- Che-Yu Hsu
- Rooms 21 and 22 of the Fundació Joan Miró
Che-Yu Hsu was the winner of the 2020 Han Nefkens Foundation - Loop Barcelona Video Art Production Grant, in collaboration with the Fundació Joan Miró. Upon receiving the grant, the Taiwanese artist started a new series of works in collaboration with a forensic team specialised in 3D scanning of crime scenes.
Che Yu-Hsu's practice focuses on the research and revisiting of historical moments, as well as on the reconstruction of private and collective memories. For this occasion, Che-Yu Hsu presents Zoo Hypothesis (2023), a single-channel video work featuring a scriptwriter and an actor having a conversation on a performance they are preparing that explores the relationship between 'gestures' and 'horrors' in a taxidermist's studio.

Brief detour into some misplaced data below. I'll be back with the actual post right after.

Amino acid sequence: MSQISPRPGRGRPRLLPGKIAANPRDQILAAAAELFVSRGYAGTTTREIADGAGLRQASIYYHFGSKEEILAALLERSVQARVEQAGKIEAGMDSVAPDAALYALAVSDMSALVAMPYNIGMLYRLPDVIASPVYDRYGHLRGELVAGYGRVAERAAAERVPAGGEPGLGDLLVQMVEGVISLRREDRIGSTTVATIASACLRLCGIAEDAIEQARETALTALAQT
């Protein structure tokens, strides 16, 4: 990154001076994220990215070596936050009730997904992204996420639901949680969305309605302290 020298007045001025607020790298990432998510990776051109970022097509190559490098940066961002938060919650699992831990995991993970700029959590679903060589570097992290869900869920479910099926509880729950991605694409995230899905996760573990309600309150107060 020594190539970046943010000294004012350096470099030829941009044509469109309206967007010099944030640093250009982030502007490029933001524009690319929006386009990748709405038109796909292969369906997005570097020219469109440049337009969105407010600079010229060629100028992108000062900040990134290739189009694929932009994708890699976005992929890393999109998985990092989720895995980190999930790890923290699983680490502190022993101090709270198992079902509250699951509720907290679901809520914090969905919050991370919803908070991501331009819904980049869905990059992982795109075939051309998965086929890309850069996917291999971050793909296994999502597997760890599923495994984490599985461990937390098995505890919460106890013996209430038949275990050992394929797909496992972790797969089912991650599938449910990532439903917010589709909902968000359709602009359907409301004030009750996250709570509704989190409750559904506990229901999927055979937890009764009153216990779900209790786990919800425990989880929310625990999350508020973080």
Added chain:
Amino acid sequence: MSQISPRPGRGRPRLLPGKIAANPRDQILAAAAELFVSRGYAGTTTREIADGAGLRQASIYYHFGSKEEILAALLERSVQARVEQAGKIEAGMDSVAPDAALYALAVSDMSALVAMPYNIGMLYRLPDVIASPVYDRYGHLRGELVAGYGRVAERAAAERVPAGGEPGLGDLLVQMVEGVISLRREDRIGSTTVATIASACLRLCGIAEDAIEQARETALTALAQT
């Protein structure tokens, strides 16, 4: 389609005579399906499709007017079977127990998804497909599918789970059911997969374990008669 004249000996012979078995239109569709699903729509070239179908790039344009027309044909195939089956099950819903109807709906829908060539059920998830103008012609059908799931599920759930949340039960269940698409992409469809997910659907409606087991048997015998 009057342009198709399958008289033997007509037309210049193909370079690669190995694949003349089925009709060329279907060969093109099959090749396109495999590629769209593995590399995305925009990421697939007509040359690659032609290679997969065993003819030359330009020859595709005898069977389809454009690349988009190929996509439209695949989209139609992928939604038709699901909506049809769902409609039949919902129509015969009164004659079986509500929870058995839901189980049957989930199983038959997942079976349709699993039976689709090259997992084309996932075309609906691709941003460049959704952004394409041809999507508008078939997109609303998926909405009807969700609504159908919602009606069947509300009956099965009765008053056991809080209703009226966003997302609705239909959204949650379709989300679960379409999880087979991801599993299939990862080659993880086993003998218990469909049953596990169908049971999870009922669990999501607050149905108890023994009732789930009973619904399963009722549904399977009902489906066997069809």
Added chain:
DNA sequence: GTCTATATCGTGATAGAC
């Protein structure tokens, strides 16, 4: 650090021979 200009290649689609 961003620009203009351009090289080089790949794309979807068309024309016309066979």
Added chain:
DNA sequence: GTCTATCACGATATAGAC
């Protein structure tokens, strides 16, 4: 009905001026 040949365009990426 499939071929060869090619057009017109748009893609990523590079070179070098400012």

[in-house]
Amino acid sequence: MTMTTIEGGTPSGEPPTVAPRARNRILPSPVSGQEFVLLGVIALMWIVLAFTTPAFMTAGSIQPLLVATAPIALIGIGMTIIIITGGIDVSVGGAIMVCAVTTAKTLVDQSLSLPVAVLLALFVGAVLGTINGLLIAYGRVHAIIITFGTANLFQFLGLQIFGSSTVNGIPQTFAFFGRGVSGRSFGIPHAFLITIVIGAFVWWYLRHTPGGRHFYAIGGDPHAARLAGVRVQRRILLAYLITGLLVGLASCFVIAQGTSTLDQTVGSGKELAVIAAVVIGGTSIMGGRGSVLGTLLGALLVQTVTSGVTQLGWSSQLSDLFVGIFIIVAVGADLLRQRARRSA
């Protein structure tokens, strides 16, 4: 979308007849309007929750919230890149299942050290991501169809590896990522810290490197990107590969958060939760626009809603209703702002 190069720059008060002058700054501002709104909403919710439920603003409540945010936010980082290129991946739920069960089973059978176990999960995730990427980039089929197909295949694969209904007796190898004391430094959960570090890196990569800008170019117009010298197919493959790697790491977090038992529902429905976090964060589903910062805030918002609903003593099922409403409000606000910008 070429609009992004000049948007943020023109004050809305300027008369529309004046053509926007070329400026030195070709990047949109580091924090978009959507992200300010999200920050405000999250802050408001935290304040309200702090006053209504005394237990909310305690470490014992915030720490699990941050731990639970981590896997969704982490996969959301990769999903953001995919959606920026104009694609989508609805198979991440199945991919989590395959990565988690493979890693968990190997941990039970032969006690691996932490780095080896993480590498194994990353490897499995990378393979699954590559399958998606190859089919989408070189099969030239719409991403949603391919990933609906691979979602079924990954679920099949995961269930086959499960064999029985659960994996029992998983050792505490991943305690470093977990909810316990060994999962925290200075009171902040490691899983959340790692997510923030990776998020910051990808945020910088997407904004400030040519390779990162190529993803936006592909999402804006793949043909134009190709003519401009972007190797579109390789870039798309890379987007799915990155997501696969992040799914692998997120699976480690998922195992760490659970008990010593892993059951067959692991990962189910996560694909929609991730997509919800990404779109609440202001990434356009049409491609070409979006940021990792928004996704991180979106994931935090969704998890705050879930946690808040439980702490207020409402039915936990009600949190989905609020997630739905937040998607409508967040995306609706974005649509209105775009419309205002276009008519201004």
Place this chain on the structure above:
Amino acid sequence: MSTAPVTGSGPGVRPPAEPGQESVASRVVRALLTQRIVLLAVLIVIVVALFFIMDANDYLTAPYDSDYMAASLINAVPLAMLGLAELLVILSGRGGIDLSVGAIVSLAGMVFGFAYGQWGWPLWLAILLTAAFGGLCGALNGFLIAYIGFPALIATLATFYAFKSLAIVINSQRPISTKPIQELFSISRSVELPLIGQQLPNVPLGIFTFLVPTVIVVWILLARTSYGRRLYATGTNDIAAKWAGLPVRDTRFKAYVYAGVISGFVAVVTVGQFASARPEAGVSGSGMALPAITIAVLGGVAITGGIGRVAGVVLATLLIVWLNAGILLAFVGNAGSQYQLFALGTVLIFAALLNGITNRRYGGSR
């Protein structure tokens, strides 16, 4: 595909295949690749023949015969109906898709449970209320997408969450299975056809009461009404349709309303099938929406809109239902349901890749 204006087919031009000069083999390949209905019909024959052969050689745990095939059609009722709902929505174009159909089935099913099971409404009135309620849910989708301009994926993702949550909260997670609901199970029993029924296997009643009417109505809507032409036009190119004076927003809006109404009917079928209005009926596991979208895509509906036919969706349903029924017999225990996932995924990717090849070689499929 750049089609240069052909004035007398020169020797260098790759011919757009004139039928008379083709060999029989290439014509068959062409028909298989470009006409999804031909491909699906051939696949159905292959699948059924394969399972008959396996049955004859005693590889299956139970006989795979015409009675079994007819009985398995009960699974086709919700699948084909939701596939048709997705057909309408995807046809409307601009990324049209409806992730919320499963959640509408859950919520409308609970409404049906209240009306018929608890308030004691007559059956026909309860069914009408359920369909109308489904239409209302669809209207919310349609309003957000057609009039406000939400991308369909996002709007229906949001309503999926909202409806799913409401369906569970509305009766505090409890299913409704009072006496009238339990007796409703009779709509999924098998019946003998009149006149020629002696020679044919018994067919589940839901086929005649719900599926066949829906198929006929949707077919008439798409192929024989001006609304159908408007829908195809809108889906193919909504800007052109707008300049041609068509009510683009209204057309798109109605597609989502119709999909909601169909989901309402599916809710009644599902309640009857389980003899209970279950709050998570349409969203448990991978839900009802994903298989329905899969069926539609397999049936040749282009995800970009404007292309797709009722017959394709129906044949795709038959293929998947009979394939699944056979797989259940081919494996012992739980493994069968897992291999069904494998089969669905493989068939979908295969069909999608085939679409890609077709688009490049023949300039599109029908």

The conversation revolves around two events from Japanese occupied Taiwan during World War II. One is the memorial ceremony held in a zoo to honour animals that died during military operations, for which animals such as elephants and orangutans were trained to kneel as a symbolic gesture of mourning. The other event alluded to the mass execution of animals that took place in 1944 at Yuanshan Zoo. The killing was intended to prevent civilian casualties caused by runaway animals in case the US military bombed the city. The animals' bodies were then stuffed using taxidermy to preserve their movements and postures.
The dialogue between the two characters is visually overlapped with digital reconstructions of the oldest zoo in Taiwan and its taxidermy studio using 3D scanning technology.
A project by Fundación Han Nefkens, Fundació Joan Miró & LOOP Festival.